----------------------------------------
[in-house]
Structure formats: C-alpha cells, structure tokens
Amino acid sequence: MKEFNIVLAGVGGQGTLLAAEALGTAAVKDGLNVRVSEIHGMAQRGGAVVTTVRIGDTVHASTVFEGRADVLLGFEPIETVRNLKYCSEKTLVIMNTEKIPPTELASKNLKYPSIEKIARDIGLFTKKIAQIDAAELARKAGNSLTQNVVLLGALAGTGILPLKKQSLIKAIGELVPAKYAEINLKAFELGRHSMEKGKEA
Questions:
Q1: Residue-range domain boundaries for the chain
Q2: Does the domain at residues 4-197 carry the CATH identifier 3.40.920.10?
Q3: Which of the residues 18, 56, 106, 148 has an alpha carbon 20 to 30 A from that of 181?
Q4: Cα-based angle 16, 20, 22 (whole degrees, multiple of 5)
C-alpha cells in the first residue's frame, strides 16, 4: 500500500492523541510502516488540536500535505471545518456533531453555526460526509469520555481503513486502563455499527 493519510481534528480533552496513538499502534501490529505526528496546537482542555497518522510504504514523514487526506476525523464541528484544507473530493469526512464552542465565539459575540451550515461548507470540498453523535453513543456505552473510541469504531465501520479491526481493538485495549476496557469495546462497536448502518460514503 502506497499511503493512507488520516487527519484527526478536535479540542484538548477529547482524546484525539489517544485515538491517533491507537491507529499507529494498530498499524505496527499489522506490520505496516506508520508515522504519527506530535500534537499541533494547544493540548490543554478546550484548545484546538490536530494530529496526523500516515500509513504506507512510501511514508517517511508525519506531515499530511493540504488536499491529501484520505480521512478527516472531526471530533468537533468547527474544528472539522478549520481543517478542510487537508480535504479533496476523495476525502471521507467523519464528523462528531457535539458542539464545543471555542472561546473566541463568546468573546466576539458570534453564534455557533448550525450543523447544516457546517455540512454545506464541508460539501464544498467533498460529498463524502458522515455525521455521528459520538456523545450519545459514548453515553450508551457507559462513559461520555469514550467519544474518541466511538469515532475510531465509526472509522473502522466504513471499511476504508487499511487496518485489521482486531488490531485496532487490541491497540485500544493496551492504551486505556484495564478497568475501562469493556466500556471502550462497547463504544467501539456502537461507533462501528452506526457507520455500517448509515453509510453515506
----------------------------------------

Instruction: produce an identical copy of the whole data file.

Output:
[in-house]
Structure formats: C-alpha cells, structure tokens
Amino acid sequence: MKEFNIVLAGVGGQGTLLAAEALGTAAVKDGLNVRVSEIHGMAQRGGAVVTTVRIGDTVHASTVFEGRADVLLGFEPIETVRNLKYCSEKTLVIMNTEKIPPTELASKNLKYPSIEKIARDIGLFTKKIAQIDAAELARKAGNSLTQNVVLLGALAGTGILPLKKQSLIKAIGELVPAKYAEINLKAFELGRHSMEKGKEA
Questions:
Q1: Residue-range domain boundaries for the chain
Q2: Does the domain at residues 4-197 carry the CATH identifier 3.40.920.10?
Q3: Which of the residues 18, 56, 106, 148 has an alpha carbon 20 to 30 A from that of 181?
Q4: Cα-based angle 16, 20, 22 (whole degrees, multiple of 5)
C-alpha cells in the first residue's frame, strides 16, 4: 500500500492523541510502516488540536500535505471545518456533531453555526460526509469520555481503513486502563455499527 493519510481534528480533552496513538499502534501490529505526528496546537482542555497518522510504504514523514487526506476525523464541528484544507473530493469526512464552542465565539459575540451550515461548507470540498453523535453513543456505552473510541469504531465501520479491526481493538485495549476496557469495546462497536448502518460514503 502506497499511503493512507488520516487527519484527526478536535479540542484538548477529547482524546484525539489517544485515538491517533491507537491507529499507529494498530498499524505496527499489522506490520505496516506508520508515522504519527506530535500534537499541533494547544493540548490543554478546550484548545484546538490536530494530529496526523500516515500509513504506507512510501511514508517517511508525519506531515499530511493540504488536499491529501484520505480521512478527516472531526471530533468537533468547527474544528472539522478549520481543517478542510487537508480535504479533496476523495476525502471521507467523519464528523462528531457535539458542539464545543471555542472561546473566541463568546468573546466576539458570534453564534455557533448550525450543523447544516457546517455540512454545506464541508460539501464544498467533498460529498463524502458522515455525521455521528459520538456523545450519545459514548453515553450508551457507559462513559461520555469514550467519544474518541466511538469515532475510531465509526472509522473502522466504513471499511476504508487499511487496518485489521482486531488490531485496532487490541491497540485500544493496551492504551486505556484495564478497568475501562469493556466500556471502550462497547463504544467501539456502537461507533462501528452506526457507520455500517448509515453509510453515506